An affine unit – the most common case being a unit that is related to other
units representing the same physical quantity not by a scale factor, but by
a shift in the zero point.

This is not a fundamentally new concept, adding a constant offset could
just be implemented in a custom conversion function as well (see the
UnitImpl documentation). However, Quantity is specialized on
affine units such as to only provide operations which make sense for them:

Informally speaking, an affine space is a vector space which »forgot« its
origin, its elements are points, not vectors. Thus, a quantity of an
affine unit cannot be added to another (as it makes no sense to add two
points), but like vectors can be added to points to yield a new point, a
quantity of the underlying base unit can be. Also, two affine quantities
can be substracted to yield a quantity of the base unit (just as two
points can be substracted to get a vector pointing from one to another).

The most common example for this are units of temperature like degrees
Celsius or Fahrenheit, as demonstrated below.

An affine unit – the most common case being a unit that is related to other units representing the same physical quantity not by a scale factor, but by a shift in the zero point.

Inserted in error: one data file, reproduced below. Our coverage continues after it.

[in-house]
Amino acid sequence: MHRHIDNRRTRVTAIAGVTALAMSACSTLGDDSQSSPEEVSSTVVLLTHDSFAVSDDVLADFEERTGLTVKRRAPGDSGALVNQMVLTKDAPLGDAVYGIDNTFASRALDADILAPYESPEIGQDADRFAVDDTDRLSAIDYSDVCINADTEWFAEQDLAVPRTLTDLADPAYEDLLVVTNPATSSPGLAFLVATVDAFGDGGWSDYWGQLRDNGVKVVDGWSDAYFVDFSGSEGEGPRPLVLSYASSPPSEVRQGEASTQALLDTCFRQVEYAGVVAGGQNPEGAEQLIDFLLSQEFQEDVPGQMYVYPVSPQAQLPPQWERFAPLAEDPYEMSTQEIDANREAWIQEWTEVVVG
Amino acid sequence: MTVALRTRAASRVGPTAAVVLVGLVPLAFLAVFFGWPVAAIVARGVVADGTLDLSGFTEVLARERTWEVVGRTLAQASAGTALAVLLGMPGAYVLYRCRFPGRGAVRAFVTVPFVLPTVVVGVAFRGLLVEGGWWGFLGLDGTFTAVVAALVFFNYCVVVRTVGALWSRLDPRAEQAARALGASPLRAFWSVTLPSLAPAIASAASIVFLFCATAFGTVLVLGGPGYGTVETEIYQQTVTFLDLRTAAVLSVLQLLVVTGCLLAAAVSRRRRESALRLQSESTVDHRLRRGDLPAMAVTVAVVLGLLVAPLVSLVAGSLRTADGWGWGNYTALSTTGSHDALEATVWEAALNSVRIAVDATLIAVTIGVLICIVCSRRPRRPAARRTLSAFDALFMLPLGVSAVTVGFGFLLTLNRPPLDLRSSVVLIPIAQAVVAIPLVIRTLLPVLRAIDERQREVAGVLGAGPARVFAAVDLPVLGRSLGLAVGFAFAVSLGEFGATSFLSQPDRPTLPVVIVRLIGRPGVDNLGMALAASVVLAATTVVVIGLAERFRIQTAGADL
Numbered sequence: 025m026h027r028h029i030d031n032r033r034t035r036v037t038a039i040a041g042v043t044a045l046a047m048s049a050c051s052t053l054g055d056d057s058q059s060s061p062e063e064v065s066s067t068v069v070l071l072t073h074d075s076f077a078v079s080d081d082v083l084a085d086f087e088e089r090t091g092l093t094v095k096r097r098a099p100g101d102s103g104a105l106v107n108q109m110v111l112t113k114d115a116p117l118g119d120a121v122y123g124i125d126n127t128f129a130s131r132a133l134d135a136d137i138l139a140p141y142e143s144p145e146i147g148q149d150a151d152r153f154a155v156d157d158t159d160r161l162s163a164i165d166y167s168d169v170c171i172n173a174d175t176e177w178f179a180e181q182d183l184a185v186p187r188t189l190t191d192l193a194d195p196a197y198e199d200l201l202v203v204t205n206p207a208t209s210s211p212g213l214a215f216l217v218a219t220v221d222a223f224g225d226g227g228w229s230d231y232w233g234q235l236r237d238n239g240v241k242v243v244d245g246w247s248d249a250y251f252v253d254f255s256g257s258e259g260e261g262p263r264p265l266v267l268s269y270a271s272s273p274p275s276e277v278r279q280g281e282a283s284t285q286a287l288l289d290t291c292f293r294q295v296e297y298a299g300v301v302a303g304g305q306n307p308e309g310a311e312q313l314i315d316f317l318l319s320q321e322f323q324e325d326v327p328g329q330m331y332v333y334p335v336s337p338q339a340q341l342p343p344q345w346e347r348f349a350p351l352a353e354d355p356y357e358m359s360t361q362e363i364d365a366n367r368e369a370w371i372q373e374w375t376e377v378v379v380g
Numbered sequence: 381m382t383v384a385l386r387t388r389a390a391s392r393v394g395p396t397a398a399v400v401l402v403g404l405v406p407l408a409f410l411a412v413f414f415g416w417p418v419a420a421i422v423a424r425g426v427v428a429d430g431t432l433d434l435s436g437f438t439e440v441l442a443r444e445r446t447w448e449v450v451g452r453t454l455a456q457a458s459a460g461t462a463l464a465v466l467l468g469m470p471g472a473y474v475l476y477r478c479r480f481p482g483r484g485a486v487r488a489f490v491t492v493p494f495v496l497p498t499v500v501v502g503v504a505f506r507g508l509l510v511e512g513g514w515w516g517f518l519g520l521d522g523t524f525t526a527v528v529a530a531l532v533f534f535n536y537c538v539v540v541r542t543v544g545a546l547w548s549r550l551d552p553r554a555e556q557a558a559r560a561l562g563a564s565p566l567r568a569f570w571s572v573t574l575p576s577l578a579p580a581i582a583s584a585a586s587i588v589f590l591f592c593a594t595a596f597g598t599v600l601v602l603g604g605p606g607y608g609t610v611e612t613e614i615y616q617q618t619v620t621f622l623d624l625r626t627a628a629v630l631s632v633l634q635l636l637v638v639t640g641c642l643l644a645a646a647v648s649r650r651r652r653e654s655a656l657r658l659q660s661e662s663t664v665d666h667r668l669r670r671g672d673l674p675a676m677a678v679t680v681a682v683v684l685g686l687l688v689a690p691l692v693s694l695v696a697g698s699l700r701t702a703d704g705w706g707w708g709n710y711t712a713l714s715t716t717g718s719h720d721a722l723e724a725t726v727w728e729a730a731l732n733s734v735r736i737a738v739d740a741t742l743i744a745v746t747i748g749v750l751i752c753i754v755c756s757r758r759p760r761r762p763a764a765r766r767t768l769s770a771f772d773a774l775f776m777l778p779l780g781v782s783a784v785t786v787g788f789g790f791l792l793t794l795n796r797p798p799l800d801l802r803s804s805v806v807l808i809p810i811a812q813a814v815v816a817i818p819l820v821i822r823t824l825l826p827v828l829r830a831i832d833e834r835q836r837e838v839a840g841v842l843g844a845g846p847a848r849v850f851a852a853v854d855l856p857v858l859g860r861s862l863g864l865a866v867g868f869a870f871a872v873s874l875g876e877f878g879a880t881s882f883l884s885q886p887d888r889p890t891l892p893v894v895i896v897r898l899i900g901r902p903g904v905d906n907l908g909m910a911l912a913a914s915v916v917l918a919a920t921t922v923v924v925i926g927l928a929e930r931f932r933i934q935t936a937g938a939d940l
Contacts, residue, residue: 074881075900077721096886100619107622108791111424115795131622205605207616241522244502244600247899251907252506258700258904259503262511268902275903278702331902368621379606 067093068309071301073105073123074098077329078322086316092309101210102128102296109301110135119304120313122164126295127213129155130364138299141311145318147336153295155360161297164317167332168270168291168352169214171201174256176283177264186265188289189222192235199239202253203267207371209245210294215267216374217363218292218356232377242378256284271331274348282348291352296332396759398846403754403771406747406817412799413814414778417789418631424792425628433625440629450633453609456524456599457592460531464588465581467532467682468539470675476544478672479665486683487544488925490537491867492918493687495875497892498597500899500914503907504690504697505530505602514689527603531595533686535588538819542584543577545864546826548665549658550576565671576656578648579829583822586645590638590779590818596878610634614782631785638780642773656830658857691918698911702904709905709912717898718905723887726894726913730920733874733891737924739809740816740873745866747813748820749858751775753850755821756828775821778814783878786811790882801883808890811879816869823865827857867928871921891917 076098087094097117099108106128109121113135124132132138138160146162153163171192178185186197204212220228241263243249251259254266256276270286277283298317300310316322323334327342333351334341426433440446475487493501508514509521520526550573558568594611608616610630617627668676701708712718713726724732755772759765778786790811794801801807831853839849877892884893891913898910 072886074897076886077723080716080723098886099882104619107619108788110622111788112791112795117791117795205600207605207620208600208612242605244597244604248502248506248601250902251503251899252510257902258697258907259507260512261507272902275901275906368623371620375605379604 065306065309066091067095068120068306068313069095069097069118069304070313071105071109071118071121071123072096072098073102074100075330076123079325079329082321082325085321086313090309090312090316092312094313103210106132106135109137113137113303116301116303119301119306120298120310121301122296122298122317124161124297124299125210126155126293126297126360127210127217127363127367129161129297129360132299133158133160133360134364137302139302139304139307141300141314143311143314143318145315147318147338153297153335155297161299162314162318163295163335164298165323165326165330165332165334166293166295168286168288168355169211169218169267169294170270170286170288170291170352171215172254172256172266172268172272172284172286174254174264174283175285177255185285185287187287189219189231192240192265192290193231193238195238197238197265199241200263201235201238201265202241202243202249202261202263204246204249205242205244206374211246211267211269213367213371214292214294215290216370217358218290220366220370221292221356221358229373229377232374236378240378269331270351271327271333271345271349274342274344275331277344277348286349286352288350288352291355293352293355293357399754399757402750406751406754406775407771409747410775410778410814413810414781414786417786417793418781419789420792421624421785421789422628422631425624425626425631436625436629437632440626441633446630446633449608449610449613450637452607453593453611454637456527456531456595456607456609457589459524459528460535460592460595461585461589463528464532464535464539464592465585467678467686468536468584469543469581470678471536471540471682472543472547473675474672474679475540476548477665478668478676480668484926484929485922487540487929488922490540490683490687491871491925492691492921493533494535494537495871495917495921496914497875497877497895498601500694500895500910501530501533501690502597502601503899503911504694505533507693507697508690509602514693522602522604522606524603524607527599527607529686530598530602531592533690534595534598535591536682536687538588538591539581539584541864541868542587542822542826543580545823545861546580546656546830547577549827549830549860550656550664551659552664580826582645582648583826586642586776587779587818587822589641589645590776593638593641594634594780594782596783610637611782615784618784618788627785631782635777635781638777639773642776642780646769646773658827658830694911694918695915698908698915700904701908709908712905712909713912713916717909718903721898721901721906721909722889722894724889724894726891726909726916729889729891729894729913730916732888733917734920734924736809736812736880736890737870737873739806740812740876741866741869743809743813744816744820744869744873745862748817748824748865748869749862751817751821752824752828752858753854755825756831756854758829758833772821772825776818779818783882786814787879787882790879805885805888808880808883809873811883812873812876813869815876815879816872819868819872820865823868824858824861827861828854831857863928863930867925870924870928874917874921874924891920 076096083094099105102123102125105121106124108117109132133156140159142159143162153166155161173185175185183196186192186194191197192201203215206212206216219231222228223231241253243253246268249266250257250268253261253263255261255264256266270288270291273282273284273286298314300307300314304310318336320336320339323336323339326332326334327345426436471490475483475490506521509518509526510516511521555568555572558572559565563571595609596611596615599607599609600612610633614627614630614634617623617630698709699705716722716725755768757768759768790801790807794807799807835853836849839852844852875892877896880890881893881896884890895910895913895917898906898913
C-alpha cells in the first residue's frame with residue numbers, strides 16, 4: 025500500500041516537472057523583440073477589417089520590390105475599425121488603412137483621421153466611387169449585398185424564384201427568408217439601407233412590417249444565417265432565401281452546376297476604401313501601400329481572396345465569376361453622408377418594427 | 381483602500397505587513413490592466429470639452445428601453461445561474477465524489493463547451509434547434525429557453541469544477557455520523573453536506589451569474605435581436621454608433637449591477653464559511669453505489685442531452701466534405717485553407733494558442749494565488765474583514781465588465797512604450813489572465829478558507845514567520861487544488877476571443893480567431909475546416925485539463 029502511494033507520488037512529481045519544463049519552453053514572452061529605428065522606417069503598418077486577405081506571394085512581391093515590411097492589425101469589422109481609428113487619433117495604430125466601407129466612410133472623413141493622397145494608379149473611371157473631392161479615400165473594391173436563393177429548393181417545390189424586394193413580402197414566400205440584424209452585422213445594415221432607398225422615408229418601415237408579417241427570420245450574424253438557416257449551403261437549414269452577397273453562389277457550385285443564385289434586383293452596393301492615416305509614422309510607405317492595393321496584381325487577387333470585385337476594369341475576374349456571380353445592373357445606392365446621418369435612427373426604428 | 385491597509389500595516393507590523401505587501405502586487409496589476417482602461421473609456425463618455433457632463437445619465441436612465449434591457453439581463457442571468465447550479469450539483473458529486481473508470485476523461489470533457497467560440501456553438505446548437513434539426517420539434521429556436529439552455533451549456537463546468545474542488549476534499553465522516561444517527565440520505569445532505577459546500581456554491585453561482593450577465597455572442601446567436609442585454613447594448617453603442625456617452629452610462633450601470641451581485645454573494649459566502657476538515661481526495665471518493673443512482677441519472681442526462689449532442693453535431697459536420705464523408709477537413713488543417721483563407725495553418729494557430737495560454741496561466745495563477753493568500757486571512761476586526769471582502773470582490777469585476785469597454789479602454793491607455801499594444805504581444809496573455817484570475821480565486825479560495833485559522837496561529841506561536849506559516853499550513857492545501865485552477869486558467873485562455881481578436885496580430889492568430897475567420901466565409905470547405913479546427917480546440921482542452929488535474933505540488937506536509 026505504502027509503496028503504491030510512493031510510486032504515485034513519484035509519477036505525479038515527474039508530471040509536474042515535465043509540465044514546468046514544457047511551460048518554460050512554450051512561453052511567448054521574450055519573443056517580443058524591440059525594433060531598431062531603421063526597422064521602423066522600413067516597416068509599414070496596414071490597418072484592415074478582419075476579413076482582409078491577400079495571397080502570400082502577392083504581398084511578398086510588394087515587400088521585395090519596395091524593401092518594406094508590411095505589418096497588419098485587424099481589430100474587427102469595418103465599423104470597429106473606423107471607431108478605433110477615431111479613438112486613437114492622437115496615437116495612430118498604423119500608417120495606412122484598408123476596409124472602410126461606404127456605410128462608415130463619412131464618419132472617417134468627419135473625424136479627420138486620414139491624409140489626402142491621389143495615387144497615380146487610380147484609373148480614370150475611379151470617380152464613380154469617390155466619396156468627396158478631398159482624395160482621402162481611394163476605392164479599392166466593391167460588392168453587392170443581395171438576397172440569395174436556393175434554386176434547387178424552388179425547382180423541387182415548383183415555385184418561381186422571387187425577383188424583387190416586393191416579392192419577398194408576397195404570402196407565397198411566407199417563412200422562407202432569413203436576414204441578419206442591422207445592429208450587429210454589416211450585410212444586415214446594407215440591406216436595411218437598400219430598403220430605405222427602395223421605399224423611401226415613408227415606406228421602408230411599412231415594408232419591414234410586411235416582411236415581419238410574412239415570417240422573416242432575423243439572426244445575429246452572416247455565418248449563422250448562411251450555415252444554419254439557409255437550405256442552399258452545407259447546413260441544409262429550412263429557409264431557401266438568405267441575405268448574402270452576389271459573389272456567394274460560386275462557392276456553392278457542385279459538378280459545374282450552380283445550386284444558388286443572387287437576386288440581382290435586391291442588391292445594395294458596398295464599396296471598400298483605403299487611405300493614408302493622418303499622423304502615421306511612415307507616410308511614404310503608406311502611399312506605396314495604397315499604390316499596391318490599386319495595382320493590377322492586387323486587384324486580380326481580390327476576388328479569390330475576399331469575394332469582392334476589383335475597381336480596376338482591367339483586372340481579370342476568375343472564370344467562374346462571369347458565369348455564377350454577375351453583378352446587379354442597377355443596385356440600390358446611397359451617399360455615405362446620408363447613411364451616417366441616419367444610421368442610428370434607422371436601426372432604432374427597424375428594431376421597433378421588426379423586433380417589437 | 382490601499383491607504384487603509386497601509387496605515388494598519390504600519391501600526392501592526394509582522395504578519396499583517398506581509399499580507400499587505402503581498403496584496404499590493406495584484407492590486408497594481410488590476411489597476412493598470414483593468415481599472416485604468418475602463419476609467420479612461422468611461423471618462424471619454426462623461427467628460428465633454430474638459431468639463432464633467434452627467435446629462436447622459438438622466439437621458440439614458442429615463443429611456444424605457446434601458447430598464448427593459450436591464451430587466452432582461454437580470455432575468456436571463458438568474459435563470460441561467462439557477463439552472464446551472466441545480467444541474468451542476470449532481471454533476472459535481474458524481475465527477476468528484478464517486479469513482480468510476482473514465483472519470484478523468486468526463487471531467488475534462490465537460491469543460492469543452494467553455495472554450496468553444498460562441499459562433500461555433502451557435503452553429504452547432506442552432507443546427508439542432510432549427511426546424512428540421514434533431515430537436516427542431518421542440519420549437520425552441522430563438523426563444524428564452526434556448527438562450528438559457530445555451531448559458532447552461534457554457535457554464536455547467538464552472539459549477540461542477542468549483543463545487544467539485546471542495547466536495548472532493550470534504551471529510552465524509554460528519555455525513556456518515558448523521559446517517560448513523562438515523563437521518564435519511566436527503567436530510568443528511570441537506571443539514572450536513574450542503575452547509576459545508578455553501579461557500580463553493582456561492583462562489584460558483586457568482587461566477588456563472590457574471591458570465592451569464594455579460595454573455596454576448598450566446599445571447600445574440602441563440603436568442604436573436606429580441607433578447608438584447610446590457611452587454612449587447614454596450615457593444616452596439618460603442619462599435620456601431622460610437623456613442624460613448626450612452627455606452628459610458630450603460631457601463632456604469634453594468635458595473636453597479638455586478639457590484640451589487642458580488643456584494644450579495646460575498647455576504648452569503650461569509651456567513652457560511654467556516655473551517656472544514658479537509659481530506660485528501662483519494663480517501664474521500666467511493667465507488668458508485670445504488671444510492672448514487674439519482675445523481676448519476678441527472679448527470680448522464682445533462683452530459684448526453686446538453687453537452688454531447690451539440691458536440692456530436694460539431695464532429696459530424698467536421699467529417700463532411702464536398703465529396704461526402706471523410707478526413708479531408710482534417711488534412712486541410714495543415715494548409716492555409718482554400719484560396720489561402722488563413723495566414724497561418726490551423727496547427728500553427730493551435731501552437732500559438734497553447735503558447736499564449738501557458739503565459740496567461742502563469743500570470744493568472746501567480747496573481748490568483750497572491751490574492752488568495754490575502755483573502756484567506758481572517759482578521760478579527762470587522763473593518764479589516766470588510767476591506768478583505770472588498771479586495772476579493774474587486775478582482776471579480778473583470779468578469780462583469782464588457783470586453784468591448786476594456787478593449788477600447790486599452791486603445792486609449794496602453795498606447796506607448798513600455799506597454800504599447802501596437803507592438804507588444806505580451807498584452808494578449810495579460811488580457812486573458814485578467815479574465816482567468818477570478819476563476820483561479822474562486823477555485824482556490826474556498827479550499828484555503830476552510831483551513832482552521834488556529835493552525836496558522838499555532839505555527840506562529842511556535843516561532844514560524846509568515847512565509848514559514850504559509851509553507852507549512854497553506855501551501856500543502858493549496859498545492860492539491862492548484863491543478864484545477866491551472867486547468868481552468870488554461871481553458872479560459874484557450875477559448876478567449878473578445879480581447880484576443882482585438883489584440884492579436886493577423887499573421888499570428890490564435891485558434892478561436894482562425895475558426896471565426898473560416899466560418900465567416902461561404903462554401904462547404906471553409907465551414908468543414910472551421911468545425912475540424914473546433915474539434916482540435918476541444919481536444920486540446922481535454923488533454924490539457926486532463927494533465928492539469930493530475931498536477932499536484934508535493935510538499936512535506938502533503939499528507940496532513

This is not a fundamentally new concept, adding a constant offset could just be implemented in a custom conversion function as well (see the UnitImpl documentation). However, Quantity is specialized on affine units such as to only provide operations which make sense for them:

Informally speaking, an affine space is a vector space which »forgot« its origin, its elements are points, not vectors. Thus, a quantity of an affine unit cannot be added to another (as it makes no sense to add two points), but like vectors can be added to points to yield a new point, a quantity of the underlying base unit can be. Also, two affine quantities can be substracted to yield a quantity of the base unit (just as two points can be substracted to get a vector pointing from one to another).

The most common example for this are units of temperature like degrees Celsius or Fahrenheit, as demonstrated below.